Wally Funk of the ‘Mercury 13’ to finally fly into space next week
Mary Wallace “Wally” Funk, born Feb. 1, 1939, was the youngest of 13 candidates who graduated from the unsanctioned “Women in Space” program in the early 1960s. Ultimately the program was shelved and Funk never got a chance to fly into space, until now.
Former Amazon CEO Jeff Bezos made the announcement on Instagram on July 1, 2021, that Funk would be the fourth passenger on Blue Origin’s first crewed flight, along with the billionaire himself, his brother and a yet-to-be-named passenger who paid $28 million for their seat in a charity auction that closed last month. The flight is set for July 20.
The significance of Bezos planning to fly on the inaugural crewed flight is highly-regarded as a show of confidence in the space company’s New Shepard spacecraft, named after Alan Shepard, the first American astronaut. Even the launch date itself is significant: the anniversary of the first human Moon landing, Apollo 11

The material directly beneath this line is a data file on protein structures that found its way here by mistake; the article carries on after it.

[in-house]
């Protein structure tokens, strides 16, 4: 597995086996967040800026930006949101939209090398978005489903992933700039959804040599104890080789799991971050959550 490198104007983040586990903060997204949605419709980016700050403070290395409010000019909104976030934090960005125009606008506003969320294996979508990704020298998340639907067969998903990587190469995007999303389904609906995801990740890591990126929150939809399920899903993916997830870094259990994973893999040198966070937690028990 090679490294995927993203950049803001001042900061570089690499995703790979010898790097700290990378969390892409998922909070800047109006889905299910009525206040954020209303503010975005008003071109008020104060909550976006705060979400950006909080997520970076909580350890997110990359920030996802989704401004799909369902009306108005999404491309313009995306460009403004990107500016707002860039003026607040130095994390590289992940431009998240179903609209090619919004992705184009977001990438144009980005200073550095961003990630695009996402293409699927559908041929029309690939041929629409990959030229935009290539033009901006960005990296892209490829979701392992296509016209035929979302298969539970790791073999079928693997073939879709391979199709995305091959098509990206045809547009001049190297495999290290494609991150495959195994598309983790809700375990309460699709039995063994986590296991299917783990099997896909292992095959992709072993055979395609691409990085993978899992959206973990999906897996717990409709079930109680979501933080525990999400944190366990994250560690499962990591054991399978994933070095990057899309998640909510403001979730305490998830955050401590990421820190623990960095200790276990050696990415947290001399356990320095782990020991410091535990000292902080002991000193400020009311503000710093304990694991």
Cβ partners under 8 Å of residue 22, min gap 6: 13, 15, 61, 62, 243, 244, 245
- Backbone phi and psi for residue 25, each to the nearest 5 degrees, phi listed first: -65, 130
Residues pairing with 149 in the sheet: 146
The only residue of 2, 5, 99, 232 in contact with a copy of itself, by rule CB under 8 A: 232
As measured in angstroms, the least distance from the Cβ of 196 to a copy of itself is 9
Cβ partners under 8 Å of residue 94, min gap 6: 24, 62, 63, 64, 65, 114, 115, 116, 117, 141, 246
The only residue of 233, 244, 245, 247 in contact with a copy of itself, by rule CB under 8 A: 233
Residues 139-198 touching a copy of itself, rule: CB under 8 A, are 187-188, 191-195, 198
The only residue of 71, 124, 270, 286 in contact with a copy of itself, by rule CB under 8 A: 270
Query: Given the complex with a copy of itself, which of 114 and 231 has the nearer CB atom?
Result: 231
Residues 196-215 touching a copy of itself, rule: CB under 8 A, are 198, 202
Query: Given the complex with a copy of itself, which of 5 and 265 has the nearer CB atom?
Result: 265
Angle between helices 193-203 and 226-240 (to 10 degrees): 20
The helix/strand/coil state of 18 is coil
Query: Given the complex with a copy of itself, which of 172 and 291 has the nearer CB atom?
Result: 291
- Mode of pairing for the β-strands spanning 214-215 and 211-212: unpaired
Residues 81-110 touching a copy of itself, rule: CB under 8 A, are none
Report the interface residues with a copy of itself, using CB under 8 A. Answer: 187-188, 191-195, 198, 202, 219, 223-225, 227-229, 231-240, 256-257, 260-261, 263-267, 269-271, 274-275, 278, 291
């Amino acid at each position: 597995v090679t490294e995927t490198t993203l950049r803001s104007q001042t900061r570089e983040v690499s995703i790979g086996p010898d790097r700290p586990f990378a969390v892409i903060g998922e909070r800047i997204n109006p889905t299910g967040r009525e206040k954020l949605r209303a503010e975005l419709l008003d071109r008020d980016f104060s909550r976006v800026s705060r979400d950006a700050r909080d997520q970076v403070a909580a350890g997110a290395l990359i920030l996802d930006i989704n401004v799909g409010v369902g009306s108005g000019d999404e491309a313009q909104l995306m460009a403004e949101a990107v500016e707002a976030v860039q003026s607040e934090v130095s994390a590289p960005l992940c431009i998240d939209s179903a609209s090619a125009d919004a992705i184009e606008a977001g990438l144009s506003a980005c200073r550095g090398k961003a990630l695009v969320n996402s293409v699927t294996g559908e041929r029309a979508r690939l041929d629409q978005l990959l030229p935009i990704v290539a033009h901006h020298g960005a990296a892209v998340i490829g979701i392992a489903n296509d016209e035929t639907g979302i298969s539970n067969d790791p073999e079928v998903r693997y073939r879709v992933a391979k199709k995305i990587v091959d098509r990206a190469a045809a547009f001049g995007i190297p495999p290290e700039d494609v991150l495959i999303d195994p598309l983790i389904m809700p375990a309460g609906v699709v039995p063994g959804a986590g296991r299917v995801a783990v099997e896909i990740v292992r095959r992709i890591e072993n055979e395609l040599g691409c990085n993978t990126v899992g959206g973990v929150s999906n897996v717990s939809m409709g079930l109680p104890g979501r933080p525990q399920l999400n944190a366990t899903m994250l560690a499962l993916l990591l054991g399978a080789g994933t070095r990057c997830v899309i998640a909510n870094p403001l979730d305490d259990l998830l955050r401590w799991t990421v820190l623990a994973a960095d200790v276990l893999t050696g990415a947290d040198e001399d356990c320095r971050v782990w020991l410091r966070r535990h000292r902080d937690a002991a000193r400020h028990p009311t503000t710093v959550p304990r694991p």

When she flies, Funk, 82, will become the oldest person to travel beyond Earth’s atmosphere. She has also booked a trip on the suborbital SpaceShipTwo plane from Virgin Galactic, which is widely regarded as a competitor to Blue Origin in the space tourism industry.
Funk’s trip into space has been a long-time coming. In 1960, she got the opportunity to go through a program with the same tests as had been performed on the original male-only Mercury astronauts.
Later dubbed the “Mercury 13” in the 1990s, there were thirteen women who underwent the same tests as the male astronauts.
The program, which was not sanctioned by NASA and was privately funded, was led by William Lovelace, a former flight surgeon and the chairman of the NASA Special Advisory Committee on Life Sciences. He also played a key role in the selection of the Mercury 7 astronauts.
In the 2018 Netflix-debuted documentary “Mercury 13,” Lovelace’s daughter, Jackie Lovelace Johnson, shared that William felt strongly about women becoming astronauts and sought to test them against the men.
Jerrie Cobb, who was an accomplished pilot, was first invited to undergo the same challenges as the men. She helped recruit more than a dozen women, including Funk.